Fame
No wonder kids aren’t eating right these days.

Theatrical Release Date: 09/25/2009
Director: Kevin Tancharoen
Cast: Naturi Naughton, Kay Panabaker, Asher Book, Collins Pennie, Walter Perez, Paul Iacono, Anna Maria Perez de Tagle, Paul McGill, Charles S. Dutton, Kherington Payne, Kelsey Grammer, Megan Mullally, Bebe Neuwirth, Debbie Allen

OK. Let’s get right to it. If you aren’t familiar with the “Fame” franchise, here’s a quick synopsis. The film follows a group of kids through four years at a New York Preparatory School for the Arts. We watch their ups and downs as they meet with varying degrees of success in their chosen areas. Among the would-be stars of tomorrow are pianists Denise (Naturi Naughton) and Victor (Walter Perez), actresses Jenny (Kay Panabaker), and Joy (Anna Maria Perez de Tagle), dancer Alice (Kherington Payne), singer Marco (Asher Book), and would-be rapper Malik (Collins Pennie).

Pretty simple really. You either like these kinds of movies or you don’t. If you are looking for trifling things like character development and plot, this isn’t the movie for you. You can find all of the stereotypical character archetypes here- the diva, the perfectionist, the angry black guy with a good heart, etcetera. The actors weren’t chosen for their acting chops, so plot is kept to the bare bones. The veteran actors like Kelsey Grammer, Megan Mullally, Charls S. Dutton, and Bebe Neuwirth aren’t used much better- the teachers they play are static and uninspired.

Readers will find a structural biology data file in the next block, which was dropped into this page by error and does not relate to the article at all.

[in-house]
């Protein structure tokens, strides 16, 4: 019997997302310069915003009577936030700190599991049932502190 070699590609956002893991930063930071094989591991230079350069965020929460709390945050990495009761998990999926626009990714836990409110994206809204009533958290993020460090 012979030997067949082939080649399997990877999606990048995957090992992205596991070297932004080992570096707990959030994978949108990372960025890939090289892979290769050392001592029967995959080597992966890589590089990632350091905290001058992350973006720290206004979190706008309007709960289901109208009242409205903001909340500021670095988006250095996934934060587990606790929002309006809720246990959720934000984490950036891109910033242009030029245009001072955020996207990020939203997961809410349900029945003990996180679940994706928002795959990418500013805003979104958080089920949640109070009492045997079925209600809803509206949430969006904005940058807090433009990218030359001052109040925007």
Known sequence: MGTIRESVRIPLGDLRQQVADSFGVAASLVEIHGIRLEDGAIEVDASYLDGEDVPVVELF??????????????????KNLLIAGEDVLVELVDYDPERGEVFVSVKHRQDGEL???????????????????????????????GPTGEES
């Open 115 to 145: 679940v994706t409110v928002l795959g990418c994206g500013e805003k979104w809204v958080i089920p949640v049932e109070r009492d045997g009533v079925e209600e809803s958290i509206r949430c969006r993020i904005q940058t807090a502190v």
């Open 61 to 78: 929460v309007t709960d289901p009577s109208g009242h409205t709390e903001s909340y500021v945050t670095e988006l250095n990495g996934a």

However, if you like fun, choreographed song and dance numbers, then you’ll enjoy Fame. The singing is good, especially that of Naughton, whose tremendous solo with piano accompaniment, simply transcends the teen angst that occupies much of the story elements. As for dancing, there are two pieces that really show off the talent on display – one at a school carnival that was ultra-reminiscent of something you might see on “So You Think You Can Dance” (where Payne got her big break) and the other was Payne and a few students just nailing a sultry jazz dance sequence.

As for negatives, there’s just about every story element. They’re all very tired ideas that we’ve all seen before ad infinitum and no one (especially the younger actors) seemed to have the ability to make something more out of their characters. I do, however, credit the filmmakers for realizing that slowing down too much to hit the story elements was a bad idea and doing their best to keep that from happening too often. As the film contains a number of disparate story lines, slamming on the brakes to get all lovey dovey between classmates doesn’t really work … especially when the “actors” are far better singers and dancers.

If I had to single out the cheesiest and weekday afternoon movie leading man, it would be Asher Book. While there were a number of teeny boppers in the crowd that hooted and hollered anytime he did something on-screen, I just kept thinking that this was the long lost singing London brother (there’s a scary resemblance to Jason and Jeremy). The love story between his character and Panabaker’s always felt very awkward, maybe because she looks 13, and I would rather have lost that entire angle and gotten another dance sequence.

Still, I think the positives outweigh the negatives in this film’s case. You don’t have to think, and you probably won’t be bored, so if you are looking to turn your brain off for a few hours and reminisce about the ‘80s, this might be the one to watch this weekend. For doing exactly what it purports to do (no more, no less) I give “Fame” a 3 out of 5.